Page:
## OMEinsum.jl

One More Einsum for Julia! With runtime order-specification and high-level adjoints for AD
Author under-Peter
Popularity
75 Stars
Updated Last
2 Years Ago
Started In
May 2019

This is a repository for the Google Summer of Code project on Differentiable Tensor Networks. It implements one function that both computer scientists and physicists love, the Einstein summation To find out the details about einsum, please check out my nextjournal-article or the numpy-manual.

Einstein summation can be implemented in no more than 20 lines of Julia code, the automatic differentiation is also straightforward. The main effort of this package is improving the performance utilizing Julia multiple dispatch on traits. So that people can enjoy the speed of faster specific implementations like BLAS functions, `sum` and `permutedims` on both CPU and GPU without suffering from runtime overhead.

Note: why the test coverage is not 100% - GPU-code coverage is not evaluated although we test the GPU code properly on gitlab. Ignoring the GPU-code, the actual coverage is at about 97%.

Warning: since v0.4, OMEinsum does not optimize the contraction order anymore. One has to use nested einsum to specify the contraction order manually, e.g. `ein"(ijk,jkl),klm->im"(x, y, z)`.

## Install

To install, type `]` in a julia (>=1.5) REPL and then input

`pkg> add OMEinsum`

## Learn by Examples

To avoid runtime overhead, we recommend users to use non-standard string literal `@ein_str`. The following examples illustrates how `einsum` works

```julia> using OMEinsum, SymEngine

julia> catty = fill(Basic(:🐱), 2, 2)
2×2 Array{Basic,2}:
🐱  🐱
🐱  🐱

julia> fish = fill(Basic(:🐟), 2, 3, 2)
2×3×2 Array{Basic,3}:
[:, :, 1] =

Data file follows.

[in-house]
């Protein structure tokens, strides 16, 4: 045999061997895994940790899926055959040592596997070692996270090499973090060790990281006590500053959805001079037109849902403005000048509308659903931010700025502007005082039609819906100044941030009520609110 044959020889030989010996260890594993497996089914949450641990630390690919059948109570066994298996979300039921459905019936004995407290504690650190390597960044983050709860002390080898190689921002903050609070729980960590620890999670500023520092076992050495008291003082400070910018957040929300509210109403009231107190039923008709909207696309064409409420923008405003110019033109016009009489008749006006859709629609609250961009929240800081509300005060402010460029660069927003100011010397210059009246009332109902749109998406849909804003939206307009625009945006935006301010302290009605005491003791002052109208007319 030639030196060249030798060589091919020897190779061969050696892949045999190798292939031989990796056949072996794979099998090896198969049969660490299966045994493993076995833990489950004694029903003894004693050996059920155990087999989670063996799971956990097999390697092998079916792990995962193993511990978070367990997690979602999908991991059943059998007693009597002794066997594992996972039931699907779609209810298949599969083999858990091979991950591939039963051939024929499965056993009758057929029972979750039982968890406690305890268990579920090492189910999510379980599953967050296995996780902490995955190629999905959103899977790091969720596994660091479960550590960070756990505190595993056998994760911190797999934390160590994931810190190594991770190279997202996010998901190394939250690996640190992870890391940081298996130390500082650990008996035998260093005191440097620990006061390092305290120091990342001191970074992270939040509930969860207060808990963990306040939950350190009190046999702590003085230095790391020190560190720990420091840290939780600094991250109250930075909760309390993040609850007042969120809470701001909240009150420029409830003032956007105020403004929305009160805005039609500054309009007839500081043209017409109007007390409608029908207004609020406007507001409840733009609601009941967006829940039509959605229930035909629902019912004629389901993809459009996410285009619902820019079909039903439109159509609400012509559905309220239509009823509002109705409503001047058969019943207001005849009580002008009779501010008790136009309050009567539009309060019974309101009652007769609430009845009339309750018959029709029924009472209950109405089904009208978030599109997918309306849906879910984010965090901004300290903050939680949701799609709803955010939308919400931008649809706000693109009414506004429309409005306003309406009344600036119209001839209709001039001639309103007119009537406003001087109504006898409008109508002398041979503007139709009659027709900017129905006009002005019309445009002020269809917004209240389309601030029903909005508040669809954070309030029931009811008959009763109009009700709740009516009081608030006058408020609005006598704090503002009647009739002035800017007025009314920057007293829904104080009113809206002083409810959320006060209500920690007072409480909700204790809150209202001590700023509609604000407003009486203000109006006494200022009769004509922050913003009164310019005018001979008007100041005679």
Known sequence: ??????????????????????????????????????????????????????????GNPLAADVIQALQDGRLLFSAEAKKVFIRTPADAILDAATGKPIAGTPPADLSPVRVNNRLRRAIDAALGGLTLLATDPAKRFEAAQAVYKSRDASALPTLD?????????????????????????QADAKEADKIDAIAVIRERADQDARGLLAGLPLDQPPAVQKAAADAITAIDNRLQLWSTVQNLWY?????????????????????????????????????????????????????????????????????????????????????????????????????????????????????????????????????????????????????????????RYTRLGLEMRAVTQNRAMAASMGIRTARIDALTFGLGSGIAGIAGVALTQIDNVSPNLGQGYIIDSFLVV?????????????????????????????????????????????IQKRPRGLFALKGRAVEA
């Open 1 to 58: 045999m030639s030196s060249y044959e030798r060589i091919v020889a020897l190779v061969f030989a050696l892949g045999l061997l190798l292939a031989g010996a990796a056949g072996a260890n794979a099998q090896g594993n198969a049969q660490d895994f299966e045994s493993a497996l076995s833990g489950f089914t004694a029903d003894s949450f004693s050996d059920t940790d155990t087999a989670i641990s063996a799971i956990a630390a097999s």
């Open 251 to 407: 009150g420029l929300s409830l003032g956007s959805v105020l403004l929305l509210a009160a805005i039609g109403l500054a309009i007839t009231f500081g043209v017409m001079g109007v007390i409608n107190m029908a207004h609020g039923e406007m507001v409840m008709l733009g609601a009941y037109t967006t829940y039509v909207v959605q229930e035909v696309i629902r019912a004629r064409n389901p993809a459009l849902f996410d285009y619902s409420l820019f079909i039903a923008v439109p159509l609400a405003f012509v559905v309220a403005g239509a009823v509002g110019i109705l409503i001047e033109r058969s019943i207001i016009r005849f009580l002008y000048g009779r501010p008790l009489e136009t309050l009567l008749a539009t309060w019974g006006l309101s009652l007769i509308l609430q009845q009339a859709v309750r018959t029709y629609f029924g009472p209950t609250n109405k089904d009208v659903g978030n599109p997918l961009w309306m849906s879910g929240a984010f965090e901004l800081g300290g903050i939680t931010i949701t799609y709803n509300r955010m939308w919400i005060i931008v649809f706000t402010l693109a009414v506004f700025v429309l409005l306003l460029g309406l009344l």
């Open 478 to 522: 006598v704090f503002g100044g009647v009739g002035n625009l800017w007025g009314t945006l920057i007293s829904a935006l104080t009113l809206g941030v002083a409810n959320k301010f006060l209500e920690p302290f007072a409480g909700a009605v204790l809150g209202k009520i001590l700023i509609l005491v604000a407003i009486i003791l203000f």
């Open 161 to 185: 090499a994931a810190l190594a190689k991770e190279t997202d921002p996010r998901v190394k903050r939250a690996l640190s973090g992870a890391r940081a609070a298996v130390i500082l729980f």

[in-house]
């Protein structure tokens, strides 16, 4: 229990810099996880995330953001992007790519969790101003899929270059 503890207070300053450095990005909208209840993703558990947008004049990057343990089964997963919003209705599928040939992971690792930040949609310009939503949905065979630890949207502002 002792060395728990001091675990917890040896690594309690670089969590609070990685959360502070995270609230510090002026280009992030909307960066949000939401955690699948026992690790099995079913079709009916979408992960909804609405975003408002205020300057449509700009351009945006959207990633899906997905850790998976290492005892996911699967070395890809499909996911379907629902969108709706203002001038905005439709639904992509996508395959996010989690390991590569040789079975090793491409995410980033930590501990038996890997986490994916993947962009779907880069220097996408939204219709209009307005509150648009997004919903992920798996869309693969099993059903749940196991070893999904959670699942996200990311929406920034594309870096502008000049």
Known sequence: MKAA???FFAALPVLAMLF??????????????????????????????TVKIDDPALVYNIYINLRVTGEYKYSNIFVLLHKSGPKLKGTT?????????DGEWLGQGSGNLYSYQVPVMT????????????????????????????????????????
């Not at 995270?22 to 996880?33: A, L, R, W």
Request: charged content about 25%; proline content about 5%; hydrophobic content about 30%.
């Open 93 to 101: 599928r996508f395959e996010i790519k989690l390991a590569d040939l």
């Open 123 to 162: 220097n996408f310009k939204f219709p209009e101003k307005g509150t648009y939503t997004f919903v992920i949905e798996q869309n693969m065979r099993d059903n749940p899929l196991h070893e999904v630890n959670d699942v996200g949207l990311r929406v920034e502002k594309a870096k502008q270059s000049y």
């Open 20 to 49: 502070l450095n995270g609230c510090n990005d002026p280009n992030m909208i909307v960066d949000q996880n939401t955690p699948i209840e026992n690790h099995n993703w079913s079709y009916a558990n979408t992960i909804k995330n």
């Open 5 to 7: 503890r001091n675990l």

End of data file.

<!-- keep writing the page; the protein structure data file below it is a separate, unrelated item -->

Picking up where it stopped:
🐟  🐟  🐟
🐟  🐟  🐟

[:, :, 2] =
🐟  🐟  🐟
🐟  🐟  🐟

julia> snake = fill(Basic(:🐍), 3, 3)
3×3 Array{Basic,2}:
🐍  🐍  🐍
🐍  🐍  🐍
🐍  🐍  🐍

julia> medicine = ein"ij,jki,kk->k"(catty, fish, snake)
3-element Array{Basic,1}:
4*🐱*🐍*🐟
4*🐱*🐍*🐟
4*🐱*🐍*🐟

julia> ein"ik,kj -> ij"(catty, catty) # multiply two matrices `a` and `b`
2×2 Array{Basic,2}:
2*🐱^2  2*🐱^2
2*🐱^2  2*🐱^2

julia> ein"ij -> "(catty)[] # sum a matrix, output 0-dimensional array
4*🐱

julia> ein"->ii"(asarray(snake[1,1]), size_info=IndexSize('i'=>5)) # get 5 x 5 identity matrix
5×5 Array{Basic,2}:
🐍  0  0  0  0
0  🐍  0  0  0
0  0  🐍  0  0
0  0  0  🐍  0
0  0  0  0  🐍```

Alternatively, people can specify the contraction with a construction approach, which is useful when the contraction code can only be obtained at run time

`julia> einsum(EinCode((('i','k'),('k','j')),('i','j')),(a,b))`

or a macro based interface, `@ein` macro, which is closer to the standard way of writing einsum-operations in physics

`julia> @ein c[i,j] := a[i,k] * b[k,j];`

#### A table for reference

code meaning
`ein"ij,jk->ik"` matrix matrix multiplication
`ein"ijl,jkl->ikl"` batched - matrix matrix multiplication
`ein"ij,j->i"` matrix vector multiplication
`ein"ij,ik,il->jkl"` star contraction
`ein"ii->"` trace
`ein"ij->i"` sum
`ein"ii->i"` take the diagonal part of a matrix
`ein"ijkl->ilkj"` permute the dimensions of a tensor
`ein"i->ii"` construct a diagonal matrix